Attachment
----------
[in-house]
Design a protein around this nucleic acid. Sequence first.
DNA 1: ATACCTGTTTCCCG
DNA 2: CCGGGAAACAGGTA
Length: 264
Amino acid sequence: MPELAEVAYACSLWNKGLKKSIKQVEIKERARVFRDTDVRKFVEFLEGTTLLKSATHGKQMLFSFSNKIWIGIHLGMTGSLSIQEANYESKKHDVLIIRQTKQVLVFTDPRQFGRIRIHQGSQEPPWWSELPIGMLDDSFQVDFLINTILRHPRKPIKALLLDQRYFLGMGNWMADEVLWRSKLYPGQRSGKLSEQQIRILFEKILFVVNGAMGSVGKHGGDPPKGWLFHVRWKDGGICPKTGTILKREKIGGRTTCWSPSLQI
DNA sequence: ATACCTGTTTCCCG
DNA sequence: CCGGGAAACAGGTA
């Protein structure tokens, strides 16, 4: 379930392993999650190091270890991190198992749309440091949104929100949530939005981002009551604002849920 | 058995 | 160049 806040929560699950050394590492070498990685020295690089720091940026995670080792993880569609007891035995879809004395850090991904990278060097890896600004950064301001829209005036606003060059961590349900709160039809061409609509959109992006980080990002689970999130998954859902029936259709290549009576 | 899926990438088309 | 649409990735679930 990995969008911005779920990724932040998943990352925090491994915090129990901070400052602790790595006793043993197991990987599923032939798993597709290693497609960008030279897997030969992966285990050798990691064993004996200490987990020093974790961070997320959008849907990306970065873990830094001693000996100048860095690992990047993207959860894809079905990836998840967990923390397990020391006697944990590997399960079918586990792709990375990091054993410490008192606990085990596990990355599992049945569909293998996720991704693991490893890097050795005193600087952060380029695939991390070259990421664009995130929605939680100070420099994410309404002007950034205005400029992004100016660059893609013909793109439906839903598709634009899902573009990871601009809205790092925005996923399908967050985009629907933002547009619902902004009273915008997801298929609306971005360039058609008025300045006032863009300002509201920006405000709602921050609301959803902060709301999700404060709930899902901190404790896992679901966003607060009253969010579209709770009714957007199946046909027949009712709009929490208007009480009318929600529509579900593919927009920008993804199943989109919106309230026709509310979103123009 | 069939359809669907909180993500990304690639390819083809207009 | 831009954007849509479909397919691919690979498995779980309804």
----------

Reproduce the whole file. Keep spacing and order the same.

[in-house]
Design a protein around this nucleic acid. Sequence first.
DNA 1: ATACCTGTTTCCCG
DNA 2: CCGGGAAACAGGTA
Length: 264
Amino acid sequence: MPELAEVAYACSLWNKGLKKSIKQVEIKERARVFRDTDVRKFVEFLEGTTLLKSATHGKQMLFSFSNKIWIGIHLGMTGSLSIQEANYESKKHDVLIIRQTKQVLVFTDPRQFGRIRIHQGSQEPPWWSELPIGMLDDSFQVDFLINTILRHPRKPIKALLLDQRYFLGMGNWMADEVLWRSKLYPGQRSGKLSEQQIRILFEKILFVVNGAMGSVGKHGGDPPKGWLFHVRWKDGGICPKTGTILKREKIGGRTTCWSPSLQI
DNA sequence: ATACCTGTTTCCCG
DNA sequence: CCGGGAAACAGGTA
């Protein structure tokens, strides 16, 4: 379930392993999650190091270890991190198992749309440091949104929100949530939005981002009551604002849920 | 058995 | 160049 806040929560699950050394590492070498990685020295690089720091940026995670080792993880569609007891035995879809004395850090991904990278060097890896600004950064301001829209005036606003060059961590349900709160039809061409609509959109992006980080990002689970999130998954859902029936259709290549009576 | 899926990438088309 | 649409990735679930 990995969008911005779920990724932040998943990352925090491994915090129990901070400052602790790595006793043993197991990987599923032939798993597709290693497609960008030279897997030969992966285990050798990691064993004996200490987990020093974790961070997320959008849907990306970065873990830094001693000996100048860095690992990047993207959860894809079905990836998840967990923390397990020391006697944990590997399960079918586990792709990375990091054993410490008192606990085990596990990355599992049945569909293998996720991704693991490893890097050795005193600087952060380029695939991390070259990421664009995130929605939680100070420099994410309404002007950034205005400029992004100016660059893609013909793109439906839903598709634009899902573009990871601009809205790092925005996923399908967050985009629907933002547009619902902004009273915008997801298929609306971005360039058609008025300045006032863009300002509201920006405000709602921050609301959803902060709301999700404060709930899902901190404790896992679901966003607060009253969010579209709770009714957007199946046909027949009712709009929490208007009480009318929600529509579900593919927009920008993804199943989109919106309230026709509310979103123009 | 069939359809669907909180993500990304690639390819083809207009 | 831009954007849509479909397919691919690979498995779980309804």